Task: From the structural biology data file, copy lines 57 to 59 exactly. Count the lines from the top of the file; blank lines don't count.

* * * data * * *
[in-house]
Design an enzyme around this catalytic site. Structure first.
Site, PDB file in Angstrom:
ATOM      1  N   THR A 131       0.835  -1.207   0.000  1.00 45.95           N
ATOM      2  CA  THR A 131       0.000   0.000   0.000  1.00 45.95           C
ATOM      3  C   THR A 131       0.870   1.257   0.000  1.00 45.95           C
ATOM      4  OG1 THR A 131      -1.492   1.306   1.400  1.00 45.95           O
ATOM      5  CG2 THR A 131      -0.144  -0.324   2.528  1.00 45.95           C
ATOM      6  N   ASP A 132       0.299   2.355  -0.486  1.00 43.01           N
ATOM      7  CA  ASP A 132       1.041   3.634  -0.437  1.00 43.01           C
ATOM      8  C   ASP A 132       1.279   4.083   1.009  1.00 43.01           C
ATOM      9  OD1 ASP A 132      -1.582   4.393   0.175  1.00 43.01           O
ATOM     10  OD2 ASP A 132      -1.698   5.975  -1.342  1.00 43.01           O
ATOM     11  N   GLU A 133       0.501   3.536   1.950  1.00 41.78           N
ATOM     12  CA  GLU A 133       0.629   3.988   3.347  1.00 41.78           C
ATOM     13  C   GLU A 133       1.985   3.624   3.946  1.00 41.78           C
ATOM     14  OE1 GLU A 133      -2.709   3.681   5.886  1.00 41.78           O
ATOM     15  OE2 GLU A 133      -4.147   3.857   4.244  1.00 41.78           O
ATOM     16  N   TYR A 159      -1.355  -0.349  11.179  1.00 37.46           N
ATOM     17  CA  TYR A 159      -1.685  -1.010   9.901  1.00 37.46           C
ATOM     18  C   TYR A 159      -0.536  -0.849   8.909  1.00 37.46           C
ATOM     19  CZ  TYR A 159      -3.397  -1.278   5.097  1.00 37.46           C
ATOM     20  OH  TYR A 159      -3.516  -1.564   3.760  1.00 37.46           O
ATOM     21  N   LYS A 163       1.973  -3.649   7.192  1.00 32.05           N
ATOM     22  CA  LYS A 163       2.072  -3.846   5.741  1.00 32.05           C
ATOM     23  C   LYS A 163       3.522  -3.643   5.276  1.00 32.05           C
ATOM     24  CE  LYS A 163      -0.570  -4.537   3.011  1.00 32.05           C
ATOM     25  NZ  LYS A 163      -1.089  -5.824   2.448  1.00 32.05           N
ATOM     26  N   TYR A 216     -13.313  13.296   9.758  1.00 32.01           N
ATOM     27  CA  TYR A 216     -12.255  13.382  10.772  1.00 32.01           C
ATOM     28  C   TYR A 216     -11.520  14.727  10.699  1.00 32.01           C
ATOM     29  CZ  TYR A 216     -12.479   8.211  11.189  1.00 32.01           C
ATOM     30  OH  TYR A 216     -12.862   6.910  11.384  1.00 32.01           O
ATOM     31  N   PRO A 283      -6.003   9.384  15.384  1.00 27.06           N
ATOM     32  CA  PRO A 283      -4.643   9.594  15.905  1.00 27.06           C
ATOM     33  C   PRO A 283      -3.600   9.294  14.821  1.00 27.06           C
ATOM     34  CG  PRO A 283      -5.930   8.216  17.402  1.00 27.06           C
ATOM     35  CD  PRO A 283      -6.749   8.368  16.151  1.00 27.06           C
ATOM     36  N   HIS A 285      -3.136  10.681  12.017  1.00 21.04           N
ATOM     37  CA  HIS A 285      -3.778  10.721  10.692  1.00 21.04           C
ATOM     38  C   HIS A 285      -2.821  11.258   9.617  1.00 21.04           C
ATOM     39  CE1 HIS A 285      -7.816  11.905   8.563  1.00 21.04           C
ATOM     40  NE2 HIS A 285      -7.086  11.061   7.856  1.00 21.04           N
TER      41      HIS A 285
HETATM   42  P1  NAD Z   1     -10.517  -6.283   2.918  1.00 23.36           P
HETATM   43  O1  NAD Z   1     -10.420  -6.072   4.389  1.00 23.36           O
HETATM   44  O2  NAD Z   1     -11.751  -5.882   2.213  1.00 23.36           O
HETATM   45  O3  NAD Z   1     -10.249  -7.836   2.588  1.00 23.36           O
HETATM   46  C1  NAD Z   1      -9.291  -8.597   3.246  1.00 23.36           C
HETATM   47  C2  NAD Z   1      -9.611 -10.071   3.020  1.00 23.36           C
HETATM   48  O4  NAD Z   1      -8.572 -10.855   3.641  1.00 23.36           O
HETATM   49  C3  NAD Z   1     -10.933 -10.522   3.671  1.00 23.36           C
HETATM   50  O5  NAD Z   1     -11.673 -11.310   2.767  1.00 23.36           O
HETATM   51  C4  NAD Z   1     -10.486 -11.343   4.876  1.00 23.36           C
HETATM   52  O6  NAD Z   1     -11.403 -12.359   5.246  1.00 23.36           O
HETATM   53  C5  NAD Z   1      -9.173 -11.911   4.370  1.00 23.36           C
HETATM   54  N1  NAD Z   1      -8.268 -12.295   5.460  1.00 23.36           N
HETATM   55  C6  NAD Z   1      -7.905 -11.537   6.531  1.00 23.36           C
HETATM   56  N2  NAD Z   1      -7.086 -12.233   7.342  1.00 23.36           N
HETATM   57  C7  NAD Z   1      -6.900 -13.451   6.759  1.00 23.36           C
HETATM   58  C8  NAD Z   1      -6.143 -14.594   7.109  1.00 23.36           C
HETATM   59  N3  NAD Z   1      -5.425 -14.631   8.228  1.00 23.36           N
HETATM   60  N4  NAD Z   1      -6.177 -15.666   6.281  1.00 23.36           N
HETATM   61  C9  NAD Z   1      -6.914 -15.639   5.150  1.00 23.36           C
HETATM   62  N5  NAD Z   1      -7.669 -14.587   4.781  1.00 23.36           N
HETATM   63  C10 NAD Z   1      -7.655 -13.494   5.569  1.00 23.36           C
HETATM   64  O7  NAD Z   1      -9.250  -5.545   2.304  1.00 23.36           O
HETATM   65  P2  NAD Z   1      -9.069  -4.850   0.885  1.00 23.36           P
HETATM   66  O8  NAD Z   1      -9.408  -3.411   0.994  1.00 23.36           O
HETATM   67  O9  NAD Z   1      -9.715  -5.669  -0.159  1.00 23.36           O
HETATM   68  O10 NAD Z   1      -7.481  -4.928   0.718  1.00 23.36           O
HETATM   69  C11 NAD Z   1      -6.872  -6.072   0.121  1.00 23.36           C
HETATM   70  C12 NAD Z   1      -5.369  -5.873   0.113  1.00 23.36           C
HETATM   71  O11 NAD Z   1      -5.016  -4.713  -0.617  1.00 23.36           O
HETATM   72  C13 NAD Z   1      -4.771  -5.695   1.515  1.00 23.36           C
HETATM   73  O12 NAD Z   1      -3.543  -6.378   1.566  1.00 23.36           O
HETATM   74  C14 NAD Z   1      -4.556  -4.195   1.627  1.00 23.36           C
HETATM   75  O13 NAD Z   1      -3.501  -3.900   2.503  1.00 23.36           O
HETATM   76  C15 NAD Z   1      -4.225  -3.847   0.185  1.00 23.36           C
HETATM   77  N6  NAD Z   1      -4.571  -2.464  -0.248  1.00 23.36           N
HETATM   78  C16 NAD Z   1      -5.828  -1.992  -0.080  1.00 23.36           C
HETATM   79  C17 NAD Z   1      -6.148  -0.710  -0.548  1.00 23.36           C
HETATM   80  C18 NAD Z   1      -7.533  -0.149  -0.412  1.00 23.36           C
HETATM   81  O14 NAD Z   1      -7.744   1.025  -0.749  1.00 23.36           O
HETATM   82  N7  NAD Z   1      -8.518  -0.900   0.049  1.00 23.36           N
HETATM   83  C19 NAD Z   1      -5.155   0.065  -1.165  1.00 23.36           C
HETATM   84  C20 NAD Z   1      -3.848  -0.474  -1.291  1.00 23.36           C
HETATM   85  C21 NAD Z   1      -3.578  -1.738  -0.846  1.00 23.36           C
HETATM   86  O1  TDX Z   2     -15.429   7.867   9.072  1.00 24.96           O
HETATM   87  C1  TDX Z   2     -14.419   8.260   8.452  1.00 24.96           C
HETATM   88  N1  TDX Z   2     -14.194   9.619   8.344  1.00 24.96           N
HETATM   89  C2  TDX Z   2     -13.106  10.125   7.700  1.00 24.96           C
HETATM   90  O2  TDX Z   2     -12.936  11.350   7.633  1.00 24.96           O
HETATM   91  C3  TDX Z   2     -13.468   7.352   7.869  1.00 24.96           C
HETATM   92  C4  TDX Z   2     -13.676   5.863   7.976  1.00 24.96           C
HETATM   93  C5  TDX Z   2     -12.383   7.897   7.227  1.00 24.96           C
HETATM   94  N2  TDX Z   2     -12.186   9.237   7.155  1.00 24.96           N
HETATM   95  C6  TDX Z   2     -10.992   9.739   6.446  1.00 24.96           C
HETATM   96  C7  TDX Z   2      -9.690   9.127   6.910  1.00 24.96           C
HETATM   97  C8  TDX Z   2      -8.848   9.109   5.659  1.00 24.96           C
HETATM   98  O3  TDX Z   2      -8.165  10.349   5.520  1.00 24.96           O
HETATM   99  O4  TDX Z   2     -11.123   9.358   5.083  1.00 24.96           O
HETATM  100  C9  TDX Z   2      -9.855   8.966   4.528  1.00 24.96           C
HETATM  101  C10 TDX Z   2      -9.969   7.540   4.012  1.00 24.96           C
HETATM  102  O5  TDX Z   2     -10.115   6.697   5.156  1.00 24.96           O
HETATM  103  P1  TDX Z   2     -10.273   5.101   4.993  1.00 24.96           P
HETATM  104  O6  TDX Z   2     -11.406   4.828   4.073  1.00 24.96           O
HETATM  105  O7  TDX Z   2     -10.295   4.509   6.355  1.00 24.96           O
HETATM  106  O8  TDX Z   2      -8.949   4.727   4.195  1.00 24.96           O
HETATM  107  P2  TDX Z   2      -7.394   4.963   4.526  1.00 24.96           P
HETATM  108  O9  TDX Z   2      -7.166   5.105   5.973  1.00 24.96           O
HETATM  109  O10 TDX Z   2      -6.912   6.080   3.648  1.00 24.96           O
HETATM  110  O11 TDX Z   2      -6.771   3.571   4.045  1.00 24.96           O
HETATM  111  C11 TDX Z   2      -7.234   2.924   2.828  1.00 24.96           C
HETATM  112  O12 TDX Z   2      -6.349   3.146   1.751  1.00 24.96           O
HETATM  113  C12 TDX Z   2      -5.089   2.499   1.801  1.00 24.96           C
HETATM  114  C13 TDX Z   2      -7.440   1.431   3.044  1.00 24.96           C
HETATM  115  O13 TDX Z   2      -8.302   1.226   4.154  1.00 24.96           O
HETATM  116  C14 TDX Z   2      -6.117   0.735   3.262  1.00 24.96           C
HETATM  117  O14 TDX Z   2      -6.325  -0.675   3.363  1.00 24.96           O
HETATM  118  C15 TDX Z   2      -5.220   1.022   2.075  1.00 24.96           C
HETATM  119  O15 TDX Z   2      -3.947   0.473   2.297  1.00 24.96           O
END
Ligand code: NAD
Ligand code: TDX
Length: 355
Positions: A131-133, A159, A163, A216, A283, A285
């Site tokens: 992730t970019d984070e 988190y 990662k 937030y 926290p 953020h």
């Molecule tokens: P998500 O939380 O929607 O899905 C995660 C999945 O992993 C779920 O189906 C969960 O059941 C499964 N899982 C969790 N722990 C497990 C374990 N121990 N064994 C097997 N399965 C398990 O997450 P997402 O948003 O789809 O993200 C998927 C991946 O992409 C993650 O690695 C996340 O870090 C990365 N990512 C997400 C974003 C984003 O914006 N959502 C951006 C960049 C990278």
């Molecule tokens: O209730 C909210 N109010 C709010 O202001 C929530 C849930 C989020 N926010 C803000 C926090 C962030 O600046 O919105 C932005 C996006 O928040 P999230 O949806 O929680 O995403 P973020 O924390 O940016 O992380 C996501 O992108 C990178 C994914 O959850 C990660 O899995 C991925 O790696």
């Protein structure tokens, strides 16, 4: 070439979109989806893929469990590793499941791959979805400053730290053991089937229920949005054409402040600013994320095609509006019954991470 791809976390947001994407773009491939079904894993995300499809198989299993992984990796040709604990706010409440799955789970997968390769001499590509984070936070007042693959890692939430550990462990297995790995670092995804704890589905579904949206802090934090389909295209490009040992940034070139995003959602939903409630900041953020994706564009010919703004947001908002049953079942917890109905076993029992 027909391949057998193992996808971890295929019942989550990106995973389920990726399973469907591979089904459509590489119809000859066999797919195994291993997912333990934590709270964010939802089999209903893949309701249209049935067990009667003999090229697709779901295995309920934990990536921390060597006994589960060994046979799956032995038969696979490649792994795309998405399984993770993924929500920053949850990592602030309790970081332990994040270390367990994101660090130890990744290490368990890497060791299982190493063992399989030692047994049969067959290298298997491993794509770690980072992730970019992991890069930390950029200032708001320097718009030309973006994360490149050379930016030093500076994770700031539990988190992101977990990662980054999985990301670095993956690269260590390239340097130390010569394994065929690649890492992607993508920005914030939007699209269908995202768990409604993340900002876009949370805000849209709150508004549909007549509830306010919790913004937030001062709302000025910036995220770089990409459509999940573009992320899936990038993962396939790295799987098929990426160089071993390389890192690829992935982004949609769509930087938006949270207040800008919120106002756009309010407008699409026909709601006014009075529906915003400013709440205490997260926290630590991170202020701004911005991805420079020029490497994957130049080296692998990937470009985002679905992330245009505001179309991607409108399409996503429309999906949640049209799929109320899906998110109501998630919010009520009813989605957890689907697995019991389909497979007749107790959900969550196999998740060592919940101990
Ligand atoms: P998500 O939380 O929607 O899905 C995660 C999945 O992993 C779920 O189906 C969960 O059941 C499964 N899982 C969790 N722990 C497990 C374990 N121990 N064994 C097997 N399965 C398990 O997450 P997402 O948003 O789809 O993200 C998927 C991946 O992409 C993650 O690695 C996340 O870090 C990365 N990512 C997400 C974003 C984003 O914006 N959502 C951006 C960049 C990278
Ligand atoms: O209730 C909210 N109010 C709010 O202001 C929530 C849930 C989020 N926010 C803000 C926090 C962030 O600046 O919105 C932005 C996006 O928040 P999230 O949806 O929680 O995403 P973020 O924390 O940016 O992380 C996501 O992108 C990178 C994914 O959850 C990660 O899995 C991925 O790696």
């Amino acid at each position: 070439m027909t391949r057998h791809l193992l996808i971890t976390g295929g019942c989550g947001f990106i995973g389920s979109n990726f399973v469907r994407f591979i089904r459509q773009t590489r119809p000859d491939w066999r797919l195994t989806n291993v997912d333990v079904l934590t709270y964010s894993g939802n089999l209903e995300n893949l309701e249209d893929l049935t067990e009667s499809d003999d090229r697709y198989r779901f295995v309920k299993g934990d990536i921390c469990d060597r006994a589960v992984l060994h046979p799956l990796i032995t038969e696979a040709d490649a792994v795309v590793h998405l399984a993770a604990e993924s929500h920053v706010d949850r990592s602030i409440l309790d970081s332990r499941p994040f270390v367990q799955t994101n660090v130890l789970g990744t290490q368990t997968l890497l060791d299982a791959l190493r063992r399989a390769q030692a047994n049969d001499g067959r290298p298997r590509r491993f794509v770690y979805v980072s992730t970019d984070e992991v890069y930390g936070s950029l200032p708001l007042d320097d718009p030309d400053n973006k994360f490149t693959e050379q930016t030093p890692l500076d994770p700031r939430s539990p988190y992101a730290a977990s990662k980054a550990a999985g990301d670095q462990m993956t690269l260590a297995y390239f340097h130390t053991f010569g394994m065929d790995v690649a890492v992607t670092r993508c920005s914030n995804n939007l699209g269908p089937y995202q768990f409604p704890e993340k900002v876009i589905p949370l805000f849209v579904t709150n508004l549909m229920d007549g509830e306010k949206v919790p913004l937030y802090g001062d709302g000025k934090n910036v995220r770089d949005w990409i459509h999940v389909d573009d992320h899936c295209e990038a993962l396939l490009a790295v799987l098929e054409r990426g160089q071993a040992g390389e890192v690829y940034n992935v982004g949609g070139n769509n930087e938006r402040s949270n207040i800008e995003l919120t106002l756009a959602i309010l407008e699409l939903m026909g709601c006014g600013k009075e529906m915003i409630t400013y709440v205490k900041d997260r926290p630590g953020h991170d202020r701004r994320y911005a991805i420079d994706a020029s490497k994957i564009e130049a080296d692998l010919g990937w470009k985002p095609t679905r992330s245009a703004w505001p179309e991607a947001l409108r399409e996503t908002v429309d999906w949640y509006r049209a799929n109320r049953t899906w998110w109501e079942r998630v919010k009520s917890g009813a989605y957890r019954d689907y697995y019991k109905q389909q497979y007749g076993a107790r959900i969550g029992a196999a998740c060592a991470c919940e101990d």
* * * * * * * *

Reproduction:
HETATM   54  N1  NAD Z   1      -8.268 -12.295   5.460  1.00 23.36           N
HETATM   55  C6  NAD Z   1      -7.905 -11.537   6.531  1.00 23.36           C
HETATM   56  N2  NAD Z   1      -7.086 -12.233   7.342  1.00 23.36           N